Glizzy on the Block
Black Bulb Showcases Local Artists and Vendors at July 4th Event ‘Glizzy on the Block’

Illustrations by Camden Benesh

On July 3rd 2022, Black Blub Magazine held the block party event “Glizzy on the Block” at
Stage 722, a jubilation of Independence Day in Portland, celebrating POC-owned businesses and
showcasing performances from musical artists of all genres, pro-style wrestling, hot dogs, ice
cream, and interactive art.

Going from noon to 4 p.m., the event drew an estimated six-hundred people during a perfectly
bucolic day of sunny skies and warm weather at the hybrid indoor/outdoor venue. It served as a
sort of follow-up to Black Bulb’s last event “Mega Fest”, but in many ways it was the opposite,
held during the day and mostly outdoors. Attendees were able to cycle between the indoor bar
area and the outdoor section of the venue as body temperatures fluctuated and could always cool
off with ice cream from black-owned AC Cream and Venezuelan-owned Nico’s Ice Cream.
Local hip-hop artist, Andy Breshears, who also performed at Mega Fest, was one of many local
musicians who took to the hybrid stage/wrestling rink as part of an alternating circuit of music
and indie-wrestling matches. Included in Andy’s set was his brand new song “Seasick” which he
produced with his brother with whom he comprises the music duo The Xamples. Andy said that
“the crowd was buzzing, drinks were flowing, the sun was shining, and it felt like a true Portland
summer day” and that “rapping in a wrestling ring [was] iconic”, something he never imagined
he’d ever be doing. Later that day, Andy went on to perform another set at the King Farmer’s
Market.

Black Bulb reached out to the other local Portland musical artists who’d performed at Mega Fest
such as Pleasure Curses, but the holiday weekend drew them out of town, leaving room on stage
for a freshly outstanding assortment of Portland talent to rock the block. There was the genre
defying and soul-searing metal-core hip-pop of Echo the Savage, the mindfully wavy free-
flowing rap vibes of Korey B., and the dreamily sweet slow-core tones of the grunge-gaze band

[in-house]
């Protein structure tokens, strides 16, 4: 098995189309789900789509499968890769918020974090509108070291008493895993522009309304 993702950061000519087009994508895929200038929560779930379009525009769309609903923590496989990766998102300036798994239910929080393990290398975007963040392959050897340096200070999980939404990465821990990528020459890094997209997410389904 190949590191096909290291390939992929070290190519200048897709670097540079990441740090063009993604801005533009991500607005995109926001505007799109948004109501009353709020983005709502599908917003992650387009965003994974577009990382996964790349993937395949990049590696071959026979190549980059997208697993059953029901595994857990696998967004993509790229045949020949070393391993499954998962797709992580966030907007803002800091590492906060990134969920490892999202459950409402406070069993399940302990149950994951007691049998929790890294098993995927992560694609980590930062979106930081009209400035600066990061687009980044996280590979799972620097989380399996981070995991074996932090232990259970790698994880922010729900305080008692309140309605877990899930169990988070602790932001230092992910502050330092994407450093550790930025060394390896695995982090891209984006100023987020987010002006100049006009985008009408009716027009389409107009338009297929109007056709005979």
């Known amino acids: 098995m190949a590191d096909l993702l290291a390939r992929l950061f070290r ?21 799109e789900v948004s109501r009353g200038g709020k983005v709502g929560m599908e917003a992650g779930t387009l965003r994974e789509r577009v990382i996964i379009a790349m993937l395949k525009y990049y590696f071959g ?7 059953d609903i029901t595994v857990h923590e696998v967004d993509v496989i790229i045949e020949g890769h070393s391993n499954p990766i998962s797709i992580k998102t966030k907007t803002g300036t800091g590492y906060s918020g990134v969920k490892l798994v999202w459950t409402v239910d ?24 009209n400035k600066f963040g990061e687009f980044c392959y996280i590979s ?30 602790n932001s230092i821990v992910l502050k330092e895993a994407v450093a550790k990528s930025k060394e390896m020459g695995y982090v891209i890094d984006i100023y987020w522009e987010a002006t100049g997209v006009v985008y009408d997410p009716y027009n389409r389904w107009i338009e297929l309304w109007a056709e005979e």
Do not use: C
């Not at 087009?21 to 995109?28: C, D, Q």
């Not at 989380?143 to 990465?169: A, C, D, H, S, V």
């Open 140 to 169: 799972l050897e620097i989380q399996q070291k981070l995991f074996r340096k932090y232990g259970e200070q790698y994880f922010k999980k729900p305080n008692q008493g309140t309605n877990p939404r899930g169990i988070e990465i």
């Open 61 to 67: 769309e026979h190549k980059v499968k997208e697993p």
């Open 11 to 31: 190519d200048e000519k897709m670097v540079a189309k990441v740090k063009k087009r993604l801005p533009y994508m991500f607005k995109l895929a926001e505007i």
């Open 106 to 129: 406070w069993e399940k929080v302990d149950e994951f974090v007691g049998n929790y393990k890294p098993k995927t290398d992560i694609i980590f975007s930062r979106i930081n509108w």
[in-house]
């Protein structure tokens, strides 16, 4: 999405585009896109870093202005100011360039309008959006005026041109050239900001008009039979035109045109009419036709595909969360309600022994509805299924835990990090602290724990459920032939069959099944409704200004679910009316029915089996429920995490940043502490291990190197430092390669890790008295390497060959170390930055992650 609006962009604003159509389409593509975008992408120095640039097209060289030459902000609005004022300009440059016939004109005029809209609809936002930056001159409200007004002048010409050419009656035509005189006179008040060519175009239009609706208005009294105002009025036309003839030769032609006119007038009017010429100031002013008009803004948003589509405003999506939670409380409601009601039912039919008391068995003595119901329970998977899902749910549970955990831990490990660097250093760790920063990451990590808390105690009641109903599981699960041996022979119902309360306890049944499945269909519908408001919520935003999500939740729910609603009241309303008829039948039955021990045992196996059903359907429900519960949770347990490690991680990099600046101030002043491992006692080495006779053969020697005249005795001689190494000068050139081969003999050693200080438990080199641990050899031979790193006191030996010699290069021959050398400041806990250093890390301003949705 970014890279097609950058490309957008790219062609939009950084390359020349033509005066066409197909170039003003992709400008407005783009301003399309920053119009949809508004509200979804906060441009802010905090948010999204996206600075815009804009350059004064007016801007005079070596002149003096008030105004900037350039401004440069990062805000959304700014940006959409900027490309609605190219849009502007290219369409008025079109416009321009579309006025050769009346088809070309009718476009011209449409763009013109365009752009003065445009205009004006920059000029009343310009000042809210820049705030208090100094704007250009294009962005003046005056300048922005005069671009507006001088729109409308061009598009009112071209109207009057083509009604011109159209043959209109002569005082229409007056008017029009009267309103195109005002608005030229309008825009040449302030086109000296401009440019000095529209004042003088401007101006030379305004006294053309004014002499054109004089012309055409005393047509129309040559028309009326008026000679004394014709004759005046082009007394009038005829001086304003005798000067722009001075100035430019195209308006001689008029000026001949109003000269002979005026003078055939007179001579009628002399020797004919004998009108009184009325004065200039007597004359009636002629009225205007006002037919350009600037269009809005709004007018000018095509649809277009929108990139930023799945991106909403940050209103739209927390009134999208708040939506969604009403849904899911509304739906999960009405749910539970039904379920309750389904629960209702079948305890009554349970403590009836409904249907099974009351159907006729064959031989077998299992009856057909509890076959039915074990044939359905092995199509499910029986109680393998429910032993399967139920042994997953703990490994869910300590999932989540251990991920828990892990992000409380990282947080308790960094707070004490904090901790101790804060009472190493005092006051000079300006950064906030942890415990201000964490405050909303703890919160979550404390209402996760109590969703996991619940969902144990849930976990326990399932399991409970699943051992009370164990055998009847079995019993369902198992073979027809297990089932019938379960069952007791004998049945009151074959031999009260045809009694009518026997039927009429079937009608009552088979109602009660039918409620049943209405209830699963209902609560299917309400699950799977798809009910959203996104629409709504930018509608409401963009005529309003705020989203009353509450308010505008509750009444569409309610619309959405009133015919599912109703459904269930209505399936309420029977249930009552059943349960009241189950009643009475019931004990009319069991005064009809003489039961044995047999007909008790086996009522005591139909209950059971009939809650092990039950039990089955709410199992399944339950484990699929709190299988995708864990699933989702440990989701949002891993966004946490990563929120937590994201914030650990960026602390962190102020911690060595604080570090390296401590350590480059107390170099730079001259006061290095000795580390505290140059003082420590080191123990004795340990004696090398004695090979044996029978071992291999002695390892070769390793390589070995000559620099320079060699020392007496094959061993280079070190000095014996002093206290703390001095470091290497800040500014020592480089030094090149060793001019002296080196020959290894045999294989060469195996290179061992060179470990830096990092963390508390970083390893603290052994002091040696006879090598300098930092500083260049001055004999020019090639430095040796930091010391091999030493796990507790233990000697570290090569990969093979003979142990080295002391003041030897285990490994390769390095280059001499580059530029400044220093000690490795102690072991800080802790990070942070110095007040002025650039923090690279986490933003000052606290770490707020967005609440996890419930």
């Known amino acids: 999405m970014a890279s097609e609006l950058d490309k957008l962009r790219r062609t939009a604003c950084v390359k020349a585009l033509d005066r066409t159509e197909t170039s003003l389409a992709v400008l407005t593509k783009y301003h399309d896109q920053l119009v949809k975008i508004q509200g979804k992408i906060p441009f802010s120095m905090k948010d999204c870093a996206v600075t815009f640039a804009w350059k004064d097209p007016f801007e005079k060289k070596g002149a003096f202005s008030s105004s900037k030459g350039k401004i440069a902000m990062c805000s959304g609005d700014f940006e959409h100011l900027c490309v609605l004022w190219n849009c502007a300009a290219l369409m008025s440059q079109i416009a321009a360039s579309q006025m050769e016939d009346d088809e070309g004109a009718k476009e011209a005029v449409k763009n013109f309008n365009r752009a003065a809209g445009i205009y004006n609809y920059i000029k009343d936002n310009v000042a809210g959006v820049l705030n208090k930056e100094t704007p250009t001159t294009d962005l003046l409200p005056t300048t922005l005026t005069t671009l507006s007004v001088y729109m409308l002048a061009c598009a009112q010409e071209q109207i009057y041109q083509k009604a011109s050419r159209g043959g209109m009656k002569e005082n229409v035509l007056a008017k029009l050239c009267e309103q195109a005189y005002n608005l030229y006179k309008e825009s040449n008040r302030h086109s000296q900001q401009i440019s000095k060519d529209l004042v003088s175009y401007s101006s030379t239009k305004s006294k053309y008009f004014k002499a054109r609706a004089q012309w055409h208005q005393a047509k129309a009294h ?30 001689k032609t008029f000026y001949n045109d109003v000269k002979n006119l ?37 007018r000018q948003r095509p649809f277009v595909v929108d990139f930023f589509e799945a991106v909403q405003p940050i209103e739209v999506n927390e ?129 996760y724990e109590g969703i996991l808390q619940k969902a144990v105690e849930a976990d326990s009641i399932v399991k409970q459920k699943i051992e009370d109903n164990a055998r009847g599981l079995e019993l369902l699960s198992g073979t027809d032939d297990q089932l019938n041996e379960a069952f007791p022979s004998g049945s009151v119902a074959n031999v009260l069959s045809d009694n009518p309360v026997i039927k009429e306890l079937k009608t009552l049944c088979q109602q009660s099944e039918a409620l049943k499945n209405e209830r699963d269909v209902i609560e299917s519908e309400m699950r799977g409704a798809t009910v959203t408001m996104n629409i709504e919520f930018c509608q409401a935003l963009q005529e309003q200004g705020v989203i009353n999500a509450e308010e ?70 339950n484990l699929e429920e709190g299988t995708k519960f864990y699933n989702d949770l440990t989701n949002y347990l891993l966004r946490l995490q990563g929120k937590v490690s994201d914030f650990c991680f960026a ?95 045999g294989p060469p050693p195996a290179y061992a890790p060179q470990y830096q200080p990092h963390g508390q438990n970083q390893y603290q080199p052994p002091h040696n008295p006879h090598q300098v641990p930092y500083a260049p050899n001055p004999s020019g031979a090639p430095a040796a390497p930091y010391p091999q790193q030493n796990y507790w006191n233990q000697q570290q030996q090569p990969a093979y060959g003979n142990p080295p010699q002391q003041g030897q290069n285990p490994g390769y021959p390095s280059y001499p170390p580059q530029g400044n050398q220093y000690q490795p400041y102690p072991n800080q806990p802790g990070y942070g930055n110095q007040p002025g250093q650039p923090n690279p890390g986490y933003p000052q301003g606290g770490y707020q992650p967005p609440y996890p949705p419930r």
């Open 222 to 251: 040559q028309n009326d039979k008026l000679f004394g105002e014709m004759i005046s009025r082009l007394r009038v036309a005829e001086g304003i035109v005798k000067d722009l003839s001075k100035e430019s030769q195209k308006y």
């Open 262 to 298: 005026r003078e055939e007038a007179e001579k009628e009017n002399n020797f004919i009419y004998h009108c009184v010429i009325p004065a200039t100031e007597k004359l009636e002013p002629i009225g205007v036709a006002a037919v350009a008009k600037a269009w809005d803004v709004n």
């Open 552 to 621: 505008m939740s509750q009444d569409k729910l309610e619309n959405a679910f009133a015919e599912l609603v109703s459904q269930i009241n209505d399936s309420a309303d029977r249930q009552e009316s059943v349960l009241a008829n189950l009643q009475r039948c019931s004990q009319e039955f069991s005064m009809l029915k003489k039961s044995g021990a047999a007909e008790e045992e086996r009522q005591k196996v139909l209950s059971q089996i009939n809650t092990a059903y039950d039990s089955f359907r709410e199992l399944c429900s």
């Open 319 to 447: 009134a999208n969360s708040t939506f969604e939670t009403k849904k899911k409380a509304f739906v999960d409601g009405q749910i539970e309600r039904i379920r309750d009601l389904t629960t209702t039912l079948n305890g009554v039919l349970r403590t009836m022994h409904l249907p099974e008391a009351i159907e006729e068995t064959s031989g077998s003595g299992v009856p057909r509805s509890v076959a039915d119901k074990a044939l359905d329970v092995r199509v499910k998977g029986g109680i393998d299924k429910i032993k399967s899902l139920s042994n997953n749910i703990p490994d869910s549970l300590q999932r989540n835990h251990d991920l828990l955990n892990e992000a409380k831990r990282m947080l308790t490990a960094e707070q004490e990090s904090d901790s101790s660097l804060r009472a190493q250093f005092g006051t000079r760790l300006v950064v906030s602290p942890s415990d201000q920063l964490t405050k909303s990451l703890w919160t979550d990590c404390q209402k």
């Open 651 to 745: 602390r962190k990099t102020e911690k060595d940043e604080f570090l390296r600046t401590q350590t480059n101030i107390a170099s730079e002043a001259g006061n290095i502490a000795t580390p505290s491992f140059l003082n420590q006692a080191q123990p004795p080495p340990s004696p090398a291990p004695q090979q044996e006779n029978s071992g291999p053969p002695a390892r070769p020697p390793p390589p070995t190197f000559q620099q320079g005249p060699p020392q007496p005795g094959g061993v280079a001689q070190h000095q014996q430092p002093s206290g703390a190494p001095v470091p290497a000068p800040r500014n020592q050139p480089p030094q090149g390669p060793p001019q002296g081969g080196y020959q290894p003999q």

Ray Ramano. Like Mega Fest did in the past, Glizzy on the Block’s lineup featured artists with
sounds all over the music map, representing the cream from every corner the Portland music
scene.

In between each musical set, Glizzy on the Block featured pro-style wresting matches headed by
JD Mason and his band of indie-wrestling circuit ruffians who dazzled the crowds as they threw
down in the rink. Audiences were able to take a break from getting down to chow down on
hotdogs and what one attendee called “the best vegan tacos in town” as they watched some good
old American style professional wrestling. The spectacle exceeded the expectations of Ian
Williams—owner of event sponsor Deadstock Coffee—exclaiming that he couldn’t stop
watching and that it wasn’t supposed to be as good as it was.

Ian, who used to work in the “sneaker industry”, brings the aesthetic of sneaker culture to his Old
Town café, and was just among the multiple representatives of different artistic energies which
culminated the atmosphere of Glizzy on the Block. Another was acclaimed visual artist Bryce
Wong who contributed an interactive art installment where attendees hurled hot-
dogs—affectionately called “glizzies”—filled with red and yellow paint resembling ketchup and
mustard at a giant wooden canvas with a “paint-by-numbers” image of a hotdog that blended
together into a post-modern Pollackesque mosaic representation of cross-cultural ecstasy.
The term “glizzy” originated in the Washington DC area hip-hop scene and has evolved through
several incarnations to its current meaning of the all-American food, the “hot-dog”. With Glizzy
on the Block, organizers Alex Moan and Joe Dimeo of Black Bulb Magazine serendipitously
carved out a space to celebrate what it means to be an American without some of the pitfalls of
modern patriotism’s turbulent implications. Alex stated that “it was a mix and blend of cultures
that isn’t supposed to make sense but it does, it worked out because it’s America”.
Glizzy on the Block was not the usual Independence Day celebration of waving American flags
and blowing shit up, but it was a celebration of all things American nonetheless. It was about
free expressions of individuality in a way that celebrated the diverse melting pot of America in a
city that many often view as a monoculture. Most of all, it gave Portland people a place to party
and just let loose and forget their problems. “Anyone that showed up was trying to just have a
low impact good time,” says Joe Dimeo. “I mean it’s a hotdog themed wrestling party, there’s no
real pretentiousness there, it was just ‘show up and have fun’”.

You can find follow Black Blub Magazine and the performing artists and vendors mentioned in
this article online at the following:

On Instagram:
@blackbulbmagazine
@andybreshears
@bbbrycewong
@deadstockcoffee
@echothesavage
@koreyb_
@jd.masonnwp
@nicosicecream
@rayramano
@therealaccream

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